For decades, Americans have sought oil riches in Nigeria. But now the rise of a new opposition party, a competitive election in 2015 and a serious terrorism threat in that African nation have created political gold for U.S. public relations and election-consulting firms.
Firms such as AKPD Message and Media, co-founded by Obama adviser David Axelrod, Burson-Marsteller, once headed by Clinton adviser Mark Penn, and Levick, led by Clinton confidant Lanny Davis, have all been hired in recent months by various political figures and government institutions in Nigeria.
The onslaught of U.S. advisers, many with Democratic connections to the Obama administration, comes as Nigeria’s emergence as the continent’s largest economy has been overshadowed by the Islamist extremist group Boko Haram’s kidnappings of more than 200 schoolgirls this spring.
“The abducted girls put Nigeria on the world media stage more than any other event in its history,” Mr. Davis told The Washington Times, discussing the general landscape in the country without divulging the focus of his private work. “It’s a Page 1 story around the world. It doesn’t happen to Nigeria very often. It’s a tragedy, and that is one reason why the president and his re-election people believe it is necessary to tell his story.”
The opportunity for American advisers is clearly found in the Foreign Agents Registration Act filings at the Department of Justice. Over the last eight years, there have been 24 reports filed by American firms documenting foreign agent work for Nigeria, 11 of them in just the last year.
The sudden influx is creating some mistrust, and even some conspiracy theories, in the Nigerian press. The Nigerian Tribune, for instance, recently suggested that the country’s new political opposition party, the All Progressives Congress, hired an American firm to exploit the current government’s struggles in trying to free 276 schoolgirls abducted by Boko Haram.
“The APC is believed to be moving to reap huge political capital out of alleged inaction of the Nigerian Government in the efforts aimed at securing the release of the girls,” the newspaper reported July 25.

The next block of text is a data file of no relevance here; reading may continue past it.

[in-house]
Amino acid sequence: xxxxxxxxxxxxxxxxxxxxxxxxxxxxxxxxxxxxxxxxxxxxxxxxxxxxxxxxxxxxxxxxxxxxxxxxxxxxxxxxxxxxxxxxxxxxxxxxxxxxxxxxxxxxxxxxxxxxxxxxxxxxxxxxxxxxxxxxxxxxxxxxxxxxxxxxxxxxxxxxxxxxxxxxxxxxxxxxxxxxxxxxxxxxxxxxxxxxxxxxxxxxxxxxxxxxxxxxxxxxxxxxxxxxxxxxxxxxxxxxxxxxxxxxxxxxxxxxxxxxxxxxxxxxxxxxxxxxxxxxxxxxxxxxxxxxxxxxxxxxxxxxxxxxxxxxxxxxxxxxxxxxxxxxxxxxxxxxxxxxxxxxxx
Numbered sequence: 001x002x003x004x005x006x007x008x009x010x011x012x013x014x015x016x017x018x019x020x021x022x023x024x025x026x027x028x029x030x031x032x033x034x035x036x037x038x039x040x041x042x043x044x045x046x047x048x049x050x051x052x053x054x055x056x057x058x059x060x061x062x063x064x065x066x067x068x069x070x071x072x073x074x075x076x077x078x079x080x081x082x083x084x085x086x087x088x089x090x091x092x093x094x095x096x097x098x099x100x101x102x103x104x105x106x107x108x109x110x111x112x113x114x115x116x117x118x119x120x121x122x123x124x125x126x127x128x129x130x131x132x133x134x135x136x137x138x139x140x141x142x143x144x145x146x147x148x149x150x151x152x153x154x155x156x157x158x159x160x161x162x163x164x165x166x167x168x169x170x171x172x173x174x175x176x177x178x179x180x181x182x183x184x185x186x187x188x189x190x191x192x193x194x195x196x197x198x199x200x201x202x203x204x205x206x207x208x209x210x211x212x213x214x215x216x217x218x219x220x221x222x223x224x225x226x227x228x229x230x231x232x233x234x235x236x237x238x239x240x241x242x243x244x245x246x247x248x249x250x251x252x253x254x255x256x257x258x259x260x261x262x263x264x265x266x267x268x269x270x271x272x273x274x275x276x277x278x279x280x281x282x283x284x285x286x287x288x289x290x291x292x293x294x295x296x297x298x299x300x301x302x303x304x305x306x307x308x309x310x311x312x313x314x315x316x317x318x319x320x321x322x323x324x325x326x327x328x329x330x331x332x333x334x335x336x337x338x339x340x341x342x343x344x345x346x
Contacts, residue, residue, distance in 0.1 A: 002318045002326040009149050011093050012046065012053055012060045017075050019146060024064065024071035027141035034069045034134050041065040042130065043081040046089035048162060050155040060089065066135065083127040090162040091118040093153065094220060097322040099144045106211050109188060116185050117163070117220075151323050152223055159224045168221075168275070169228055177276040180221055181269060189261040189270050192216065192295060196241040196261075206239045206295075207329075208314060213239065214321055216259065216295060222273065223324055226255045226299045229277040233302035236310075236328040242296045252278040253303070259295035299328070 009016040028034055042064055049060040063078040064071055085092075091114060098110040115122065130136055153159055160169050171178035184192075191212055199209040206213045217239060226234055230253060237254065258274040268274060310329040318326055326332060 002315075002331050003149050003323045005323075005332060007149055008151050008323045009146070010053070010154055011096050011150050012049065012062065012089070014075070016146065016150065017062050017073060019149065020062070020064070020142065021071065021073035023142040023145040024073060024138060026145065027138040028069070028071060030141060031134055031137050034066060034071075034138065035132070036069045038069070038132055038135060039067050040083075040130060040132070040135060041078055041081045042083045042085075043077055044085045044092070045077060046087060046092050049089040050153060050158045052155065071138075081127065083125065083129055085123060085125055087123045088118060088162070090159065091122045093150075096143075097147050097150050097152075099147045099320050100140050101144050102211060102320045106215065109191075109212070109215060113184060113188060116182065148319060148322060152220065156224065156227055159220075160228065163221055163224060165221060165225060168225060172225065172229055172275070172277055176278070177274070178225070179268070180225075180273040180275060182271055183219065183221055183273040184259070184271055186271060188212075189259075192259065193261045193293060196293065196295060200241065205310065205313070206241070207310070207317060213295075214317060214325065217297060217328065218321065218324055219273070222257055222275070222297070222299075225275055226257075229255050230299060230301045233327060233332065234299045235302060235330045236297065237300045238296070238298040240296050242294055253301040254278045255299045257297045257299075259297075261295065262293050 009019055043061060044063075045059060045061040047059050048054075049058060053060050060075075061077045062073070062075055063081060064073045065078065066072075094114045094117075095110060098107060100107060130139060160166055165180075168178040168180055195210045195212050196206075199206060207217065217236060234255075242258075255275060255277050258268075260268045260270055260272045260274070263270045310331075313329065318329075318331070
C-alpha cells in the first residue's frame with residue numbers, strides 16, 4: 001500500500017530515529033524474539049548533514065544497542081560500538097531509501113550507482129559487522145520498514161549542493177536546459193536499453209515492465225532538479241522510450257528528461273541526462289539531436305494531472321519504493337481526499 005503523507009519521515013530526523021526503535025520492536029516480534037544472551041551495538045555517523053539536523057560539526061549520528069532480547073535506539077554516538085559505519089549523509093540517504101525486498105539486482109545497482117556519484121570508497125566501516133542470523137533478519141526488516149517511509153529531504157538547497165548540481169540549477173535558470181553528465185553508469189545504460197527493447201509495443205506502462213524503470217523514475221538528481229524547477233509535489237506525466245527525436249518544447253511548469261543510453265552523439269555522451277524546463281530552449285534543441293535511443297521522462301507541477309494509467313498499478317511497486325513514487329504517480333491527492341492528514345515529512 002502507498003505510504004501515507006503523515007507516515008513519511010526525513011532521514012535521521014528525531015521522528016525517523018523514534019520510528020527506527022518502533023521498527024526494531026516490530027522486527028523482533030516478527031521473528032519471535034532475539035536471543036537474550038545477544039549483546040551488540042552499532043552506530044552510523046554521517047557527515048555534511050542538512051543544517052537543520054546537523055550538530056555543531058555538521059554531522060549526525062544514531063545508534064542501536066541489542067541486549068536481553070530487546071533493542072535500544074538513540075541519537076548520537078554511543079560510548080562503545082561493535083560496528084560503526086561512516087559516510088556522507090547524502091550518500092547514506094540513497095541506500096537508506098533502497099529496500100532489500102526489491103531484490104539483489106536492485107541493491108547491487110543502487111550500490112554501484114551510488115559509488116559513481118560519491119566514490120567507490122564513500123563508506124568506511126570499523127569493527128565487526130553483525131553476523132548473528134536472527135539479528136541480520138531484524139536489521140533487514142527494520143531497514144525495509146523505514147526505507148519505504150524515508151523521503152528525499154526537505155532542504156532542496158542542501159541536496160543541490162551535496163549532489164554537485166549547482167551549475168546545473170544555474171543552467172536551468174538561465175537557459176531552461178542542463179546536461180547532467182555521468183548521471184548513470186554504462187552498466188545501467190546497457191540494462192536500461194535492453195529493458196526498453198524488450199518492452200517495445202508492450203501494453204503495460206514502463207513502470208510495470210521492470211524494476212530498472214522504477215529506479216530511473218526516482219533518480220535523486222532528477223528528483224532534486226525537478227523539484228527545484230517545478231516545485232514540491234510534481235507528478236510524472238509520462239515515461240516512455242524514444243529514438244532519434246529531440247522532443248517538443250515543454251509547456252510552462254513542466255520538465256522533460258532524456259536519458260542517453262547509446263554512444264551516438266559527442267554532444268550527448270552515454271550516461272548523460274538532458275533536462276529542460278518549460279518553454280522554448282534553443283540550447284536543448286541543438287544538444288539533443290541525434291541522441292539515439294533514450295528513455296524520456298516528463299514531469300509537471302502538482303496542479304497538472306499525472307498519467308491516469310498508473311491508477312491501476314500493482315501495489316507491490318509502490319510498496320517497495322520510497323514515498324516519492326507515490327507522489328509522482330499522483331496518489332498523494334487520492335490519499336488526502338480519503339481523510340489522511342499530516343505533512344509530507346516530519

The American firms dismiss such speculation, saying their work is far more targeted and more a reflection of the fact that next year’s presidential election is viewed as competitive after nearly two decades of one-party rule in the country. The ruling Peoples Democratic Party (PDP) has gone undefeated and emerged victorious four times in 15 years.
The rise of the All Progressives Congress as a legitimate opposition has changed the equation inside the country — and the opportunity for American firms outside it.
For instance, AKPD, the Chicago political firm founded by Mr. Axelrod that helped power President Obama to victory in 2008, was brought in late last year to help the APC stand up as an opposition party.
Though Mr. Axelrod departed the AKPD in 2009 when he joined the White House and currently owns no stake in it, the hiring still created a stir since a U.S. firm with deep ties to Mr. Obama was aiding the political party trying to unseat the current Nigerian president, Goodluck Jonathan, with whom Mr. Obama currently must deal.
Isaac Baker, a spokesman for AKPD, said the firm’s contract with the APC ended in March, a month before the kidnapping of the schoolgirls catapulted Nigeria struggles with the Boko Haram into worldwide headlines.
“AKPD worked with the APC from December 2013 to March 2014,” Mr. Baker wrote to the Times in an email. “We helped them as they worked to form a new political opposition party and create a platform in advance of their first national convention. We were no longer working with the APC when the Boko Haram kidnapping of the young girls took place.”
Mr. Baker did not offer an explanation as to why the firm’s work stopped.
Likewise, Burson-Marsteller, one of the West’s largest public relations firms that, until 2012, was headed by longtime Bill and Hillary Clinton adviser Mark Penn, filed a report this spring registering as a U.S. foreign agent representing APC inside the United States. A month or so into the engagement, however, the firm said the work had already ended.